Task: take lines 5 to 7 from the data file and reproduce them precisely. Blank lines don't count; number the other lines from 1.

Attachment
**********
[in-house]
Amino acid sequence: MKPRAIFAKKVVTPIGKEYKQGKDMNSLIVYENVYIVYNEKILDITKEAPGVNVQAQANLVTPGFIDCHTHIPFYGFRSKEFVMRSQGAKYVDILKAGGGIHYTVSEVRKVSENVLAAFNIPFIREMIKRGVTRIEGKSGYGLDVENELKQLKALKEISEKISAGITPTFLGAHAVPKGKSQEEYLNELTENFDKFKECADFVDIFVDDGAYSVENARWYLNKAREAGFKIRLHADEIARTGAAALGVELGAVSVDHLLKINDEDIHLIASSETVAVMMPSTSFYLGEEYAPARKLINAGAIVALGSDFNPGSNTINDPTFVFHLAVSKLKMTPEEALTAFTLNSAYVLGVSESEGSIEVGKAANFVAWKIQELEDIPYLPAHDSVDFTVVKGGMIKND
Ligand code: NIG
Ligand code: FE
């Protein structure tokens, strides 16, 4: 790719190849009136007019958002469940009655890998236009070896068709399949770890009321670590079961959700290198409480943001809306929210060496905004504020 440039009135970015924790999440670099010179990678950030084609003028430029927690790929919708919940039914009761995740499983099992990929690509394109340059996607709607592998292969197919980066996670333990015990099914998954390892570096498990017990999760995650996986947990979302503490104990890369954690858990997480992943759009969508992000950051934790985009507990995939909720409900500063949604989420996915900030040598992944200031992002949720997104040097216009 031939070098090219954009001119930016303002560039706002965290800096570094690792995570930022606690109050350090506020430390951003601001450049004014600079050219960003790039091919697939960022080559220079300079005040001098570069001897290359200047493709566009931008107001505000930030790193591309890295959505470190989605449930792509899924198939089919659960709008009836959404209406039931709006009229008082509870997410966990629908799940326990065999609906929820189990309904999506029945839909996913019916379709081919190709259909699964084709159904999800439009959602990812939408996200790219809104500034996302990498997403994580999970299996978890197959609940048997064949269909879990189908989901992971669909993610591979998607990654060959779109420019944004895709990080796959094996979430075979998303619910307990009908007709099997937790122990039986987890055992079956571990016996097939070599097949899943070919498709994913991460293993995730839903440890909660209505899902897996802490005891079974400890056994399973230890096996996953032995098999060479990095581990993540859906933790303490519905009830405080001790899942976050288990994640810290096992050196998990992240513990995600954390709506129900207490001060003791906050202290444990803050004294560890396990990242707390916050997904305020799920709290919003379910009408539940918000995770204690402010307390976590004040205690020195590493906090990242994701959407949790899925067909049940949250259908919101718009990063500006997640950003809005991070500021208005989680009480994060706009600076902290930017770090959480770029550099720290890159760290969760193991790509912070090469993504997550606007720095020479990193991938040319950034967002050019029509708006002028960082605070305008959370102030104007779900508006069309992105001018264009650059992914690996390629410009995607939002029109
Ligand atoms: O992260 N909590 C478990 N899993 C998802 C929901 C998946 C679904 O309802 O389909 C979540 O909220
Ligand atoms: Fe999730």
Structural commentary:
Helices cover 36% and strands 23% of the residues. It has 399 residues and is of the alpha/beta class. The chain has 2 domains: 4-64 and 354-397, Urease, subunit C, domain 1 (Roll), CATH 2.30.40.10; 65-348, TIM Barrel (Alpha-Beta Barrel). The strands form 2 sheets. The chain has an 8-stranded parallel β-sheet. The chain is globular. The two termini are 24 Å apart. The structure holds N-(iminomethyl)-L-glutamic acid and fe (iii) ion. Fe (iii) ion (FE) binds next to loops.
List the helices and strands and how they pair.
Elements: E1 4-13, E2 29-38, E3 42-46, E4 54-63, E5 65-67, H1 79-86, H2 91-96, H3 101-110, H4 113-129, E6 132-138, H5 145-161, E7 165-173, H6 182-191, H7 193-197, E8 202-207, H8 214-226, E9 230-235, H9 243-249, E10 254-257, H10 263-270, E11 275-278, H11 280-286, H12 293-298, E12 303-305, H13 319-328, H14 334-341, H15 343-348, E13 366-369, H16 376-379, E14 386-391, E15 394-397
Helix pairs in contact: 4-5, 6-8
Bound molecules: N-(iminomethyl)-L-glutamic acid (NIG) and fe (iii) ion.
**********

């Protein structure tokens, strides 16, 4: 790719190849009136007019958002469940009655890998236009070896068709399949770890009321670590079961959700290198409480943001809306929210060496905004504020 440039009135970015924790999440670099010179990678950030084609003028430029927690790929919708919940039914009761995740499983099992990929690509394109340059996607709607592998292969197919980066996670333990015990099914998954390892570096498990017990999760995650996986947990979302503490104990890369954690858990997480992943759009969508992000950051934790985009507990995939909720409900500063949604989420996915900030040598992944200031992002949720997104040097216009 031939070098090219954009001119930016303002560039706002965290800096570094690792995570930022606690109050350090506020430390951003601001450049004014600079050219960003790039091919697939960022080559220079300079005040001098570069001897290359200047493709566009931008107001505000930030790193591309890295959505470190989605449930792509899924198939089919659960709008009836959404209406039931709006009229008082509870997410966990629908799940326990065999609906929820189990309904999506029945839909996913019916379709081919190709259909699964084709159904999800439009959602990812939408996200790219809104500034996302990498997403994580999970299996978890197959609940048997064949269909879990189908989901992971669909993610591979998607990654060959779109420019944004895709990080796959094996979430075979998303619910307990009908007709099997937790122990039986987890055992079956571990016996097939070599097949899943070919498709994913991460293993995730839903440890909660209505899902897996802490005891079974400890056994399973230890096996996953032995098999060479990095581990993540859906933790303490519905009830405080001790899942976050288990994640810290096992050196998990992240513990995600954390709506129900207490001060003791906050202290444990803050004294560890396990990242707390916050997904305020799920709290919003379910009408539940918000995770204690402010307390976590004040205690020195590493906090990242994701959407949790899925067909049940949250259908919101718009990063500006997640950003809005991070500021208005989680009480994060706009600076902290930017770090959480770029550099720290890159760290969760193991790509912070090469993504997550606007720095020479990193991938040319950034967002050019029509708006002028960082605070305008959370102030104007779900508006069309992105001018264009650059992914690996390629410009995607939002029109
Ligand atoms: O992260 N909590 C478990 N899993 C998802 C929901 C998946 C679904 O309802 O389909 C979540 O909220
Ligand atoms: Fe999730």